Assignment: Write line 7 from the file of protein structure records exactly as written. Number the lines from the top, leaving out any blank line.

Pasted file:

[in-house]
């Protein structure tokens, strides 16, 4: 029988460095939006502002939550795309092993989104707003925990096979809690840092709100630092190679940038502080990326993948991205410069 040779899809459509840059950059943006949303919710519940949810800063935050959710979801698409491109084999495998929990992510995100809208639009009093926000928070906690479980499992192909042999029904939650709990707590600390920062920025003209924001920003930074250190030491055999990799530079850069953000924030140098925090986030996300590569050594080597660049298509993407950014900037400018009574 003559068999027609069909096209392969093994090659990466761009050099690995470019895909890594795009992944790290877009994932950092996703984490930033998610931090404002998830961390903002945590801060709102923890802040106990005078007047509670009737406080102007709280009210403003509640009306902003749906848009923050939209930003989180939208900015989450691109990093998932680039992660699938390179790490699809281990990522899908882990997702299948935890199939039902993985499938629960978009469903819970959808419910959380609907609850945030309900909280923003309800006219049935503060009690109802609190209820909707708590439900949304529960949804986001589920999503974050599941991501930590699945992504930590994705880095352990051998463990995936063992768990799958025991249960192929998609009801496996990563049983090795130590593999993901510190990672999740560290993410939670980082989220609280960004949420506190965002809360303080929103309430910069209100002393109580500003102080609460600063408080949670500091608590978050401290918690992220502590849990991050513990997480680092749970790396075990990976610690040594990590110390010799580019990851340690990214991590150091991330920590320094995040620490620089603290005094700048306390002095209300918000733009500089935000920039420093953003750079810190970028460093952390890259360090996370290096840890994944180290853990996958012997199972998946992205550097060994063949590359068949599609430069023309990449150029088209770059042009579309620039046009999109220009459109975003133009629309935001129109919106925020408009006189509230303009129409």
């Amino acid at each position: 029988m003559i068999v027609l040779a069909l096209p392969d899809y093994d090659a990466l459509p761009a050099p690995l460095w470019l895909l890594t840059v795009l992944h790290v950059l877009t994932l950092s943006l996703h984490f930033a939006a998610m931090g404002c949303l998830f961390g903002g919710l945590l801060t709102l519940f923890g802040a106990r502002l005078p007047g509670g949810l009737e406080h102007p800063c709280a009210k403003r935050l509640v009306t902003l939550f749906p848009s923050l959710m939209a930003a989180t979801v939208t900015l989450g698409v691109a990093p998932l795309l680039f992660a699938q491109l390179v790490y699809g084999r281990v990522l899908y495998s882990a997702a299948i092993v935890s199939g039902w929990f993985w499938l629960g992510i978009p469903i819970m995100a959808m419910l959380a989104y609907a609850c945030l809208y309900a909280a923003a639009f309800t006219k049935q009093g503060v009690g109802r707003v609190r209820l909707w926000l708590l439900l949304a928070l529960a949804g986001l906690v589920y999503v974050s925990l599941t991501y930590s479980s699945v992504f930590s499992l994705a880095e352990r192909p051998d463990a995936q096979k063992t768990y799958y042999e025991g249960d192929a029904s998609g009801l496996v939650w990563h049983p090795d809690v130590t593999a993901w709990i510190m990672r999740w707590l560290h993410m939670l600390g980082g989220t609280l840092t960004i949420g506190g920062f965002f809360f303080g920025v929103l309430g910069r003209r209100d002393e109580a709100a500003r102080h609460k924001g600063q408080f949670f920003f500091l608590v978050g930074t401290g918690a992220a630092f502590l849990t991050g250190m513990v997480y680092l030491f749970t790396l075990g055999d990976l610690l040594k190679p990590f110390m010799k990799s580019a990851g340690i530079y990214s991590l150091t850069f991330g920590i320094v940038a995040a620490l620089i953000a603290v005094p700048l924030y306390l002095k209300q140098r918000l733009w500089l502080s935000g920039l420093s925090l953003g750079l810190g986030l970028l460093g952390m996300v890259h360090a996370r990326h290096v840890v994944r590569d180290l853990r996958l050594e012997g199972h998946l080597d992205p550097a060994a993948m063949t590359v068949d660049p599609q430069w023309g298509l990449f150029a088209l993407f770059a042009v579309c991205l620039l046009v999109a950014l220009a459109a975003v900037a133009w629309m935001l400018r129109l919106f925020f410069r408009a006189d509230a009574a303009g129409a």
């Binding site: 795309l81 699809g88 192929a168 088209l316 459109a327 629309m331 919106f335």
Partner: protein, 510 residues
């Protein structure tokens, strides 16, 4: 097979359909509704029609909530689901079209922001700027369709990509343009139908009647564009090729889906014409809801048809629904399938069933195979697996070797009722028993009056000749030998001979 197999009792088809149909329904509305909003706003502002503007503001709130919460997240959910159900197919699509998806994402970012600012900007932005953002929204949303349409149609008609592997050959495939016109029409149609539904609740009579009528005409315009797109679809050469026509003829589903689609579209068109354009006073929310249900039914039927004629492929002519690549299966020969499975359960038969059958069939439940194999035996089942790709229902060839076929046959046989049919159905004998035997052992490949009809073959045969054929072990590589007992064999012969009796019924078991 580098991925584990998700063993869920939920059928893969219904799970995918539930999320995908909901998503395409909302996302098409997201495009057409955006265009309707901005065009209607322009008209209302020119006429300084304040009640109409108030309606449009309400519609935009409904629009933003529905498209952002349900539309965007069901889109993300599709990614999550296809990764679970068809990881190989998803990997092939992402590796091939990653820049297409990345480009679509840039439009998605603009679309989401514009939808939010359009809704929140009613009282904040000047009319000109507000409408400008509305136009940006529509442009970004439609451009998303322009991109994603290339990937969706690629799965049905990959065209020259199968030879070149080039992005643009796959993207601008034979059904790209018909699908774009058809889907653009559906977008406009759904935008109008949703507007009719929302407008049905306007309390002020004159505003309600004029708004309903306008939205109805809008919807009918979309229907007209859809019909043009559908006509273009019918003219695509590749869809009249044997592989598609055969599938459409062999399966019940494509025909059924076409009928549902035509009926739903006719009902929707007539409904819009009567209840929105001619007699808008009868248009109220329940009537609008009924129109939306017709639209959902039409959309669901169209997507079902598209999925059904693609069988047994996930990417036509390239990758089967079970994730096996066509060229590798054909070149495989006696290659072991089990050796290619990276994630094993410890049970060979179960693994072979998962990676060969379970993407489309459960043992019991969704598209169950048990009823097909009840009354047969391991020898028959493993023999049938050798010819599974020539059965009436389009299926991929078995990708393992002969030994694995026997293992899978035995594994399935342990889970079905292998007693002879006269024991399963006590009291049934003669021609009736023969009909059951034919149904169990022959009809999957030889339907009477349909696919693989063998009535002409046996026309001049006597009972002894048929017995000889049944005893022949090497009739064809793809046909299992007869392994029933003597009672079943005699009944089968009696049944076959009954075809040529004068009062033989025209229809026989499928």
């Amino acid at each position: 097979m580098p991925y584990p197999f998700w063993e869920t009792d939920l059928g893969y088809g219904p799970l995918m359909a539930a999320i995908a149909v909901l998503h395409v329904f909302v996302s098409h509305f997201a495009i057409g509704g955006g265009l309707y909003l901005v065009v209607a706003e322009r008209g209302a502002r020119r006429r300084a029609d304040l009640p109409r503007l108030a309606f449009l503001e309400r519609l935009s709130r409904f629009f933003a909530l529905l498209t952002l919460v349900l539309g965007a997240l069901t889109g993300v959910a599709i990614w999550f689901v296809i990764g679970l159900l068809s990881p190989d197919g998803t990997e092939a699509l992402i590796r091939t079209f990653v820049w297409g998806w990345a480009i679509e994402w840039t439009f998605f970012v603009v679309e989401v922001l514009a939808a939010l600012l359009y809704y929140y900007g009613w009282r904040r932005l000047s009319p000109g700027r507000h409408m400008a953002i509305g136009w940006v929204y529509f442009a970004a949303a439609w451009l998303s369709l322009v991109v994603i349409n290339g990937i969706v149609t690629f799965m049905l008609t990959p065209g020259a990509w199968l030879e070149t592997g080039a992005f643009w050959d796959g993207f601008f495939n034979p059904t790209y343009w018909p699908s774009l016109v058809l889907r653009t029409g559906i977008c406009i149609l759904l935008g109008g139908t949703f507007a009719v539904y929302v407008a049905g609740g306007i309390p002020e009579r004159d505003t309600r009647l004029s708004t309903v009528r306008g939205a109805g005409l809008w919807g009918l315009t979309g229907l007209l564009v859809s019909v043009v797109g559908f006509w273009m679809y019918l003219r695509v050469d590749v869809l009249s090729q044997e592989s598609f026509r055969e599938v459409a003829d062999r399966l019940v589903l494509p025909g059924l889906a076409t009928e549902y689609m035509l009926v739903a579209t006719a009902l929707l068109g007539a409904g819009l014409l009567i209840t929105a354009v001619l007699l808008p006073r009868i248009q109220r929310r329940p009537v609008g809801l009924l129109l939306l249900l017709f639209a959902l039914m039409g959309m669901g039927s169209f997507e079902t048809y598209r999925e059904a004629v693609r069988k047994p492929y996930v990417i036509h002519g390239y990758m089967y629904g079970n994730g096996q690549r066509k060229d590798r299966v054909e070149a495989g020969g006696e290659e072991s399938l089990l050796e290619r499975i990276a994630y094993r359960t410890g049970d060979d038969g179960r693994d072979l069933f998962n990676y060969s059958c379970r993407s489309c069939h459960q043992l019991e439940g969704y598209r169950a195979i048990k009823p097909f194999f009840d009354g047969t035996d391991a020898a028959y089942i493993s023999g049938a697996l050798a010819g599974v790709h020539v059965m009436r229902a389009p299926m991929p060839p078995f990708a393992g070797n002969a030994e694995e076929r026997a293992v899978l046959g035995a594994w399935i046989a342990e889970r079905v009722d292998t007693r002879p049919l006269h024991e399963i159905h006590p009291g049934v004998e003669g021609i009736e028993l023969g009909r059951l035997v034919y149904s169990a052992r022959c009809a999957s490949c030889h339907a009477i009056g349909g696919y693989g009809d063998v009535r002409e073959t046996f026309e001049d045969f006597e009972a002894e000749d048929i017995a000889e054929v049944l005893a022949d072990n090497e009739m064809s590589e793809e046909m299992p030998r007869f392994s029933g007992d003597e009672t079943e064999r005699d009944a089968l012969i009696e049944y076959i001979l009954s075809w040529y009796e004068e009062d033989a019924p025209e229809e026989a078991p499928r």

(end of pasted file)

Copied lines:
């Amino acid at each position: 097979m580098p991925y584990p197999f998700w063993e869920t009792d939920l059928g893969y088809g219904p799970l995918m359909a539930a999320i995908a149909v909901l998503h395409v329904f909302v996302s098409h509305f997201a495009i057409g509704g955006g265009l309707y909003l901005v065009v209607a706003e322009r008209g209302a502002r020119r006429r300084a029609d304040l009640p109409r503007l108030a309606f449009l503001e309400r519609l935009s709130r409904f629009f933003a909530l529905l498209t952002l919460v349900l539309g965007a997240l069901t889109g993300v959910a599709i990614w999550f689901v296809i990764g679970l159900l068809s990881p190989d197919g998803t990997e092939a699509l992402i590796r091939t079209f990653v820049w297409g998806w990345a480009i679509e994402w840039t439009f998605f970012v603009v679309e989401v922001l514009a939808a939010l600012l359009y809704y929140y900007g009613w009282r904040r932005l000047s009319p000109g700027r507000h409408m400008a953002i509305g136009w940006v929204y529509f442009a970004a949303a439609w451009l998303s369709l322009v991109v994603i349409n290339g990937i969706v149609t690629f799965m049905l008609t990959p065209g020259a990509w199968l030879e070149t592997g080039a992005f643009w050959d796959g993207f601008f495939n034979p059904t790209y343009w018909p699908s774009l016109v058809l889907r653009t029409g559906i977008c406009i149609l759904l935008g109008g139908t949703f507007a009719v539904y929302v407008a049905g609740g306007i309390p002020e009579r004159d505003t309600r009647l004029s708004t309903v009528r306008g939205a109805g005409l809008w919807g009918l315009t979309g229907l007209l564009v859809s019909v043009v797109g559908f006509w273009m679809y019918l003219r695509v050469d590749v869809l009249s090729q044997e592989s598609f026509r055969e599938v459409a003829d062999r399966l019940v589903l494509p025909g059924l889906a076409t009928e549902y689609m035509l009926v739903a579209t006719a009902l929707l068109g007539a409904g819009l014409l009567i209840t929105a354009v001619l007699l808008p006073r009868i248009q109220r929310r329940p009537v609008g809801l009924l129109l939306l249900l017709f639209a959902l039914m039409g959309m669901g039927s169209f997507e079902t048809y598209r999925e059904a004629v693609r069988k047994p492929y996930v990417i036509h002519g390239y990758m089967y629904g079970n994730g096996q690549r066509k060229d590798r299966v054909e070149a495989g020969g006696e290659e072991s399938l089990l050796e290619r499975i990276a994630y094993r359960t410890g049970d060979d038969g179960r693994d072979l069933f998962n990676y060969s059958c379970r993407s489309c069939h459960q043992l019991e439940g969704y598209r169950a195979i048990k009823p097909f194999f009840d009354g047969t035996d391991a020898a028959y089942i493993s023999g049938a697996l050798a010819g599974v790709h020539v059965m009436r229902a389009p299926m991929p060839p078995f990708a393992g070797n002969a030994e694995e076929r026997a293992v899978l046959g035995a594994w399935i046989a342990e889970r079905v009722d292998t007693r002879p049919l006269h024991e399963i159905h006590p009291g049934v004998e003669g021609i009736e028993l023969g009909r059951l035997v034919y149904s169990a052992r022959c009809a999957s490949c030889h339907a009477i009056g349909g696919y693989g009809d063998v009535r002409e073959t046996f026309e001049d045969f006597e009972a002894e000749d048929i017995a000889e054929v049944l005893a022949d072990n090497e009739m064809s590589e793809e046909m299992p030998r007869f392994s029933g007992d003597e009672t079943e064999r005699d009944a089968l012969i009696e049944y076959i001979l009954s075809w040529y009796e004068e009062d033989a019924p025209e229809e026989a078991p499928r």